White House poised to announce winners of competition to produce hydrogen fuel

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FILE - A 2021 Toyota Prius that runs on a hydrogen fuel cell sits on display at the Denver auto show on Sept. 17, 2021, at Elitch's Gardens in downtown Denver. The White House is set to announce that it has selected the Philadelphia area and West Virginia for two regional hubs to produce and deliver hydrogen fuel, a key part of its clean energy plan, according to a person familiar with the plan. (AP Photo/David Zalubowski, File)

HARRISBURG, Pa. – The White House is poised to announce the winners of a $7 billion federal competition to produce and deliver hydrogen fuel, with the Philadelphia area and West Virginia among those selected, according to a person familiar with the program.

President Joe Biden is expected to make the official announcement during an economic-themed visit to Philadelphia on Friday.

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There were 23 finalists for the hydrogen fuel program, a key component of the president's clean energy plan.

Among those selected are the Appalachian Regional Clean Hydrogen Hub, based in West Virginia, and the Philadelphia-area Mid-Atlantic Clean Hydrogen Hub, according to the person briefed on the plan. The person was not authorized to publicly discuss the selection before Biden's appearance and spoke on condition of anonymity.

Pennsylvania, a presidential battleground state of the highest importance to Biden in next year’s election, is in line to benefit from both the West Virginia-based hub and the Philadelphia-area hub, which includes Biden’s home state of Delaware.

Biden has made Philadelphia a regular stop for both official and campaign events, and partners in the proposed Philadelphia-area hub have labor unions that are key endorsers of Biden’s. The West Virginia-based hub includes major Pittsburgh-based natural gas companies that are active in the region’s prolific Marcellus Shale reservoir, as well as an upstate facility that is working on producing hydrogen from natural gas.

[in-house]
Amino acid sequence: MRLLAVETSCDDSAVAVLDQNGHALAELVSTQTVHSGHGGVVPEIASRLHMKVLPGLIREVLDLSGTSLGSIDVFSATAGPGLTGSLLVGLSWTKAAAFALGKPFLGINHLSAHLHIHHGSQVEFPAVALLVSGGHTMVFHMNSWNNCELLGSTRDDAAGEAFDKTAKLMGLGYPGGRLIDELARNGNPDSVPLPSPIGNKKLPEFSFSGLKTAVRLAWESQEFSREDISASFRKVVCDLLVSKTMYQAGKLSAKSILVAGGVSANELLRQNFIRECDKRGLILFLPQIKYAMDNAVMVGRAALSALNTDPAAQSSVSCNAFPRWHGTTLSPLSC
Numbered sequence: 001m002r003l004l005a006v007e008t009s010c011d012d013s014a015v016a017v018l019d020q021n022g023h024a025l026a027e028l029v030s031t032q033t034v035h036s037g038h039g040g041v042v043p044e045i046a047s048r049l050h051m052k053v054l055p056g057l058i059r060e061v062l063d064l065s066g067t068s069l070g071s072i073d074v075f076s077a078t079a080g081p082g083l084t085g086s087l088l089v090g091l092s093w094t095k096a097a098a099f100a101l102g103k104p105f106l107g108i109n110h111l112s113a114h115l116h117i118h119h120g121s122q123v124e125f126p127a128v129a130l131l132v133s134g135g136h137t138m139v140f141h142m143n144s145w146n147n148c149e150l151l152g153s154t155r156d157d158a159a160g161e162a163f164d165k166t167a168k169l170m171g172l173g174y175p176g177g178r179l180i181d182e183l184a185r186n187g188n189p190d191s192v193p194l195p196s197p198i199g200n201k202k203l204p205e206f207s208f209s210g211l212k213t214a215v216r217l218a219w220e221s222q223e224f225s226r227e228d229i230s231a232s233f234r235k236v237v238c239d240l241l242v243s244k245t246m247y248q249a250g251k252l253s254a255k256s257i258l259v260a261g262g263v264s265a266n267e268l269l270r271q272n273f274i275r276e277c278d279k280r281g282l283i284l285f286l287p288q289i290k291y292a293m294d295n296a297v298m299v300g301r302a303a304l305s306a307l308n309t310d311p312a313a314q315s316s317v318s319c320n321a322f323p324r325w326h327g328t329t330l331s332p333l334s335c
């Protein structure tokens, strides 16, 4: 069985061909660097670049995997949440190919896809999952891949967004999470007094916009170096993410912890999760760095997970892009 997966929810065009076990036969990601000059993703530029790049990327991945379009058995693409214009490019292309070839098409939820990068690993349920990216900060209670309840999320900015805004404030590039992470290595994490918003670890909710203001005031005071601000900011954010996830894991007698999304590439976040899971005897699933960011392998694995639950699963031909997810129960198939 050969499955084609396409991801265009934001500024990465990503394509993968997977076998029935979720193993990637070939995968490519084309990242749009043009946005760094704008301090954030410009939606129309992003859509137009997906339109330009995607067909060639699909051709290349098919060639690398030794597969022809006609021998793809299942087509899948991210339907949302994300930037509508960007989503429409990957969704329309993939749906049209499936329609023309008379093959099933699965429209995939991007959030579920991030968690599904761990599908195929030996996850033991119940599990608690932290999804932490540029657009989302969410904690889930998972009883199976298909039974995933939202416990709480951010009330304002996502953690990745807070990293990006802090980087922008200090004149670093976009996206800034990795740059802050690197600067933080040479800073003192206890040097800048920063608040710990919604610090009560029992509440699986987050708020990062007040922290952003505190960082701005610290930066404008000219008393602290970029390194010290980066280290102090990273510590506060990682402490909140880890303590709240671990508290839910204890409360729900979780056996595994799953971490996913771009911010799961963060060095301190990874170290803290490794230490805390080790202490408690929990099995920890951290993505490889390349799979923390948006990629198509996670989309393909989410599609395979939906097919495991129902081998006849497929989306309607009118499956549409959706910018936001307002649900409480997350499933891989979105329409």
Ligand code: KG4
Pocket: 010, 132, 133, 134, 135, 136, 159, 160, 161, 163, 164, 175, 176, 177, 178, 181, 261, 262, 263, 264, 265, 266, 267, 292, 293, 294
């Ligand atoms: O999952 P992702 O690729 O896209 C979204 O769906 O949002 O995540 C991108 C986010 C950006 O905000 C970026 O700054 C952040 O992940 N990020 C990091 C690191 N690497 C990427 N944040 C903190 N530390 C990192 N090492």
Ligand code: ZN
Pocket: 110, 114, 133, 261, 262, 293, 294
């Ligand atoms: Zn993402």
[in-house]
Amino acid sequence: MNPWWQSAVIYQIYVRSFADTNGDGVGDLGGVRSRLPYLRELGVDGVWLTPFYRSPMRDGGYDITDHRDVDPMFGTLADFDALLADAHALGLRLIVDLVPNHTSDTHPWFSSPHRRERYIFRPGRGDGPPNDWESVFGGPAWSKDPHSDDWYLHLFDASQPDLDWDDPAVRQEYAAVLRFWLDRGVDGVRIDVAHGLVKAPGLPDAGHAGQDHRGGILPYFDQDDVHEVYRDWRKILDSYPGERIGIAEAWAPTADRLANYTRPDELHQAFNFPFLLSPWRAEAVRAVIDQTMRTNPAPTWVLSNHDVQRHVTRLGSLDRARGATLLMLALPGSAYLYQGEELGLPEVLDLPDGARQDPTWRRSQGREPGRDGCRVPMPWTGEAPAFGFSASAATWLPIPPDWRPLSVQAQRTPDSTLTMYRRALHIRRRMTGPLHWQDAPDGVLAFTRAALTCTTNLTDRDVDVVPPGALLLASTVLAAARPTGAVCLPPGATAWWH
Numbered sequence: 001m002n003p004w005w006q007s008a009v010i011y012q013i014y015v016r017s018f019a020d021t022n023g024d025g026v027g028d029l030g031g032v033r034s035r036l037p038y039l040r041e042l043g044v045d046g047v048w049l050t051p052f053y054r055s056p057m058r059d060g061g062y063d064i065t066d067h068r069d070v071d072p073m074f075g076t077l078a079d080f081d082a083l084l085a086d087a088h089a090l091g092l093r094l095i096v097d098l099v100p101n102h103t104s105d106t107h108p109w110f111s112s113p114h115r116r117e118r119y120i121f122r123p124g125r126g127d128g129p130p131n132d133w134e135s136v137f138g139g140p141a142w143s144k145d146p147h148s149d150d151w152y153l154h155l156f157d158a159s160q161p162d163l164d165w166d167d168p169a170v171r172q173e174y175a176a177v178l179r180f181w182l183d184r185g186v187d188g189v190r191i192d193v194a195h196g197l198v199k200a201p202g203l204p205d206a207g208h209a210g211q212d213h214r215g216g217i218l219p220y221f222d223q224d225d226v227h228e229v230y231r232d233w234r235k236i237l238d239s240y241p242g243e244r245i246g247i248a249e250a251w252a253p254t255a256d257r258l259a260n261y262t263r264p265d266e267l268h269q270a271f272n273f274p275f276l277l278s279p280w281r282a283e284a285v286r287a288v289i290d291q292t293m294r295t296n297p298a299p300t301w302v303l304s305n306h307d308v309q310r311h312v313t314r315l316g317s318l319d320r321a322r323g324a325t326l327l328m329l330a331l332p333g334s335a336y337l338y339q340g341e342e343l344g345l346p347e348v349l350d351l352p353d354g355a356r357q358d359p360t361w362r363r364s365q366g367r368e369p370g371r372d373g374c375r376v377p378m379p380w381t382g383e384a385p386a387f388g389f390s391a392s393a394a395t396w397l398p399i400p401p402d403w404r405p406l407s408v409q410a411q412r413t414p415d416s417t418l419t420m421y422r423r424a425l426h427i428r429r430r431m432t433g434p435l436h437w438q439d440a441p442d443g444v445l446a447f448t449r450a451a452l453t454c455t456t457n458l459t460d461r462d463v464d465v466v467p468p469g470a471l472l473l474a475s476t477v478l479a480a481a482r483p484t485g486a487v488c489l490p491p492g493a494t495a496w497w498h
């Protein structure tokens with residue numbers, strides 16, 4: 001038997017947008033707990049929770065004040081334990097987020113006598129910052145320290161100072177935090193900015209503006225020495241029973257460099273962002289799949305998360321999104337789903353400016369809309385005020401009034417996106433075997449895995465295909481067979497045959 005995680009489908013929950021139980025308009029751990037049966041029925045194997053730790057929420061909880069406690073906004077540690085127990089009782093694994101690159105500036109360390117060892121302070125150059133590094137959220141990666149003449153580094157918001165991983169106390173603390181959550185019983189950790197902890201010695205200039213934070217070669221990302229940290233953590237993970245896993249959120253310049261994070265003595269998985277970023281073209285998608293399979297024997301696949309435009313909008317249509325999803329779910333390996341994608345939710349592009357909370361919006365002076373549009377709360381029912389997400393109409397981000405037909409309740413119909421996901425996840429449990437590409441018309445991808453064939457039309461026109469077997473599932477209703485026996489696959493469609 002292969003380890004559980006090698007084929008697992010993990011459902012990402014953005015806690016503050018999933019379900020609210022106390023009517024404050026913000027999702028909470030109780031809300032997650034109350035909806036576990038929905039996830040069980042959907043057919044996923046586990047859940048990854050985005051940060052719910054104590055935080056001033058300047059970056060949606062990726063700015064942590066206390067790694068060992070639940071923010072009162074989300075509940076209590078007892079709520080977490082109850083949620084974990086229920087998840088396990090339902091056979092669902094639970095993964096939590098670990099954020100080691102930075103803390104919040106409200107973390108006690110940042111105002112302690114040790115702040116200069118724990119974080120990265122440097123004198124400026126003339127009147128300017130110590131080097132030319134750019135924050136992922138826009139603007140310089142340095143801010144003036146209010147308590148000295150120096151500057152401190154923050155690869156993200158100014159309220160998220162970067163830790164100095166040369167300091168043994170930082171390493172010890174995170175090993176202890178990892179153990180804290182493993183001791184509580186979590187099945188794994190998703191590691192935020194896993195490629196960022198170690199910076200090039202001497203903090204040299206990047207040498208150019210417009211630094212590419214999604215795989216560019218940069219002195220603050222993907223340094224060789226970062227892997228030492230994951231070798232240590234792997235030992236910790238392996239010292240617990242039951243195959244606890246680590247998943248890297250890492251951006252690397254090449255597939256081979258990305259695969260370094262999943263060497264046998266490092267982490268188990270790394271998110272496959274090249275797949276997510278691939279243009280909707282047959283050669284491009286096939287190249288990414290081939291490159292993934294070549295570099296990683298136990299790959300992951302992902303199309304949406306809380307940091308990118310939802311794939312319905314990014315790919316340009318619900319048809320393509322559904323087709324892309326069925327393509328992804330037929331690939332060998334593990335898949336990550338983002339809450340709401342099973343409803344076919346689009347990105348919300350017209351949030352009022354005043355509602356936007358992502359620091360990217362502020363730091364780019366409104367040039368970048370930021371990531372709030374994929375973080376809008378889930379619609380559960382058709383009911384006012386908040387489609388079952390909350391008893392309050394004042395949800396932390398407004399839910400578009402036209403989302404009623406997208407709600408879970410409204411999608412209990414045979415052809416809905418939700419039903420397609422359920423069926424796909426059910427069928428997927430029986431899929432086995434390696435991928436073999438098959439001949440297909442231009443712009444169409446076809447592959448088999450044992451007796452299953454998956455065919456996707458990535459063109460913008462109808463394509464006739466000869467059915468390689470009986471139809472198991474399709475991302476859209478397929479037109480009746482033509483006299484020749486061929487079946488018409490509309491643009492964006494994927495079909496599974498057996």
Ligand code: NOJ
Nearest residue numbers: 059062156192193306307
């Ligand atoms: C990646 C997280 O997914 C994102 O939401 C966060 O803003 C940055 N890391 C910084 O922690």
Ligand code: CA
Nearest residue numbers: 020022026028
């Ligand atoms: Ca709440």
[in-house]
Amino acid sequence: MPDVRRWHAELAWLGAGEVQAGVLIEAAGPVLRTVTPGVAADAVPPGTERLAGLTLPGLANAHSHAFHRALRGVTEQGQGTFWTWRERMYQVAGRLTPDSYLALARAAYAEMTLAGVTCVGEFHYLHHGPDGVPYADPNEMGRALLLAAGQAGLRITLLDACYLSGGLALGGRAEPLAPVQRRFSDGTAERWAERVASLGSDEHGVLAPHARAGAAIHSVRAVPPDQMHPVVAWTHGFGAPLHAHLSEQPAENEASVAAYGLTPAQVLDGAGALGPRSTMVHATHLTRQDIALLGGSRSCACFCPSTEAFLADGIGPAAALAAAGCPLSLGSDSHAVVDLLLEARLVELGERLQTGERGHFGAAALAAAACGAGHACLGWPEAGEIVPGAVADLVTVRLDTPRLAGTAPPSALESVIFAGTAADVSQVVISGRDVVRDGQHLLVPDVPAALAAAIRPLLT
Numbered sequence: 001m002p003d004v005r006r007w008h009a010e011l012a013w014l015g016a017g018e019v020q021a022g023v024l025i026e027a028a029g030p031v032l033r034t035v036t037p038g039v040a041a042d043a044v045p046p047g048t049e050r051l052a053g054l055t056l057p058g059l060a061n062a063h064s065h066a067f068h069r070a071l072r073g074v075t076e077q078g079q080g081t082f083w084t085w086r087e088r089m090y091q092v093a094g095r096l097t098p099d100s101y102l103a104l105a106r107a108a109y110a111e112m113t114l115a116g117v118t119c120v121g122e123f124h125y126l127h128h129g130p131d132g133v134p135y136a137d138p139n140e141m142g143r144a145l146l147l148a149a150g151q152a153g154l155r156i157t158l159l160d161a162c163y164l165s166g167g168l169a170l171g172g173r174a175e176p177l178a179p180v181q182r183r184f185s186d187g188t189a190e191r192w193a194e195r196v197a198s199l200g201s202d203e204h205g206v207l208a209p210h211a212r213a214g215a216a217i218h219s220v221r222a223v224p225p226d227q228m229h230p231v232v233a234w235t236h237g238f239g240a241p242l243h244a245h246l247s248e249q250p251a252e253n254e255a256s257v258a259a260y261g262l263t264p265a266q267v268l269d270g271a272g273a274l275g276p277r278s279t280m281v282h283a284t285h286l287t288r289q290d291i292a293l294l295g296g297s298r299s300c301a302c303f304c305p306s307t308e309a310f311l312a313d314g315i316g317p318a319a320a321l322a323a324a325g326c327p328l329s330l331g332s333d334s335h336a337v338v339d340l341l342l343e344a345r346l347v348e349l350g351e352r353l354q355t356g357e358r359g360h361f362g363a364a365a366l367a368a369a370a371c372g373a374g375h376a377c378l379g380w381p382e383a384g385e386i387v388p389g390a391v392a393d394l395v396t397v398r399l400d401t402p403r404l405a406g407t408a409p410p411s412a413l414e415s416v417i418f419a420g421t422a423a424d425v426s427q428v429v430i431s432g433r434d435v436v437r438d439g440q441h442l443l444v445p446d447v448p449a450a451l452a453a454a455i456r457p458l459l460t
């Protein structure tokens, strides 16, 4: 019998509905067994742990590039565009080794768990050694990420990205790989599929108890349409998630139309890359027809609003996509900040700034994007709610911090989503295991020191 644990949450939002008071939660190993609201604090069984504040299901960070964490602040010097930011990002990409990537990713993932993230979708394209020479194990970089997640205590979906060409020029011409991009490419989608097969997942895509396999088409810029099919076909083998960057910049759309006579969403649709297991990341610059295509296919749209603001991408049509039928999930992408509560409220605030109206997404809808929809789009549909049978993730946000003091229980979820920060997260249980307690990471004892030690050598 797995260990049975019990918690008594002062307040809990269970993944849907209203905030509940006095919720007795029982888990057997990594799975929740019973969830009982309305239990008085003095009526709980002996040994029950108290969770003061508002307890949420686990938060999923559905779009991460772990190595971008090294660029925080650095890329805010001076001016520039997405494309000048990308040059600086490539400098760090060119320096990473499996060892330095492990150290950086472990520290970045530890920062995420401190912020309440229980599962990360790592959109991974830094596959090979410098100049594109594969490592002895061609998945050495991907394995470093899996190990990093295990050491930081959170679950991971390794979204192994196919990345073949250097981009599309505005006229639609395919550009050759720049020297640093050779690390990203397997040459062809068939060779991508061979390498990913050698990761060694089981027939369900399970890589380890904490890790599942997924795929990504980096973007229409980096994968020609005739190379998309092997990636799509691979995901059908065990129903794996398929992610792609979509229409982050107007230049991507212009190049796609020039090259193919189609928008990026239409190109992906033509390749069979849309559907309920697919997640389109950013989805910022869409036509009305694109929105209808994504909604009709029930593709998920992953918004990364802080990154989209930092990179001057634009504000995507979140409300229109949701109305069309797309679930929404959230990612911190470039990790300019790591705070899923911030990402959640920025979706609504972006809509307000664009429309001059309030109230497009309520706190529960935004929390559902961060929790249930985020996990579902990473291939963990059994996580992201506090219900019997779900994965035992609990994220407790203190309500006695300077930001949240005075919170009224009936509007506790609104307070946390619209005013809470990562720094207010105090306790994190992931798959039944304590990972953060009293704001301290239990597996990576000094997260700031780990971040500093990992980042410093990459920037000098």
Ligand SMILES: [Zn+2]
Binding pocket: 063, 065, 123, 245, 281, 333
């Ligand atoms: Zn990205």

The infrastructure law signed by Biden in 2021 included billions of dollars for a program to establish six to 10 regional “hydrogen hubs.” The aim is to help industry replace fossil fuels such as coal and oil, which produce planet-warming greenhouse gases, with cleaner-burning hydrogen as an energy source for vehicles, manufacturing and generating electricity.

States and businesses have been competing for federal dollars in a new Energy Department program that will create regional networks of hydrogen producers, consumers and infrastructure. The intent is to accelerate the availability and use of the colorless, odorless gas that already powers some vehicles and trains.

The Appalachian Regional Clean Hydrogen Hub, or ARCH2, is a partnership involving the state of West Virginia and EQT, the nation’s largest natural gas producer, among others. They say their region has enormous gas resources and could produce hydrogen from methane using heat, steam and pressure while capturing the carbon dioxide it would generate.

The Mid-Atlantic Clean Hydrogen Hub, or MACH2, is supported by supported by Delaware, Pennsylvania and New Jersey, as well as Philadelphia-area labor unions, university researchers and refineries. They say the goal is to be as climate-friendly as possible by making hydrogen through electrolysis — splitting water molecules using renewable energy sources such as wind and solar power, as well as nuclear power.

Nearly every state has joined at least one proposed hub, and many are working together, hoping to reap the economic development and thousands of jobs they would bring. Big fossil fuel companies, renewable energy developers and researchers in university and government labs are involved, too.

The Energy Department says the hubs will produce “clean” hydrogen, although its definition includes hydrogen produced with natural gas. Gas companies have talked about mixing hydrogen at low concentrations with methane for delivery to homes and businesses.

Many experts consider hydrogen “clean” only if made through electrolysis. But some oil and gas companies say they can use fossil fuels as feedstocks if they capture the carbon dioxide and keep it out of the atmosphere.

Environmental groups are skeptical, arguing that while hydrogen is a clean-burning source of power, it takes a great deal of energy to produce. When it’s made with electricity from coal or natural gas, it has a bigger carbon footprint than simply burning the source fuel.

“Hydrogen is another bait and switch from an administration that continues to break its promises to aggressively tackle climate change and help communities achieve a just, equitable transition to renewable energy,” said Silas Grant, a campaigner with the environmental group Center for Biological Diversity.


Associated Press writer Matthew Daly in Washington contributed to this report.


CORRECTS Grant's first name to Silas, not Soni


Follow Marc Levy at https://twitter.com/timelywriter and Matthew Daly at https://twitter.com/MatthewDalyWDC

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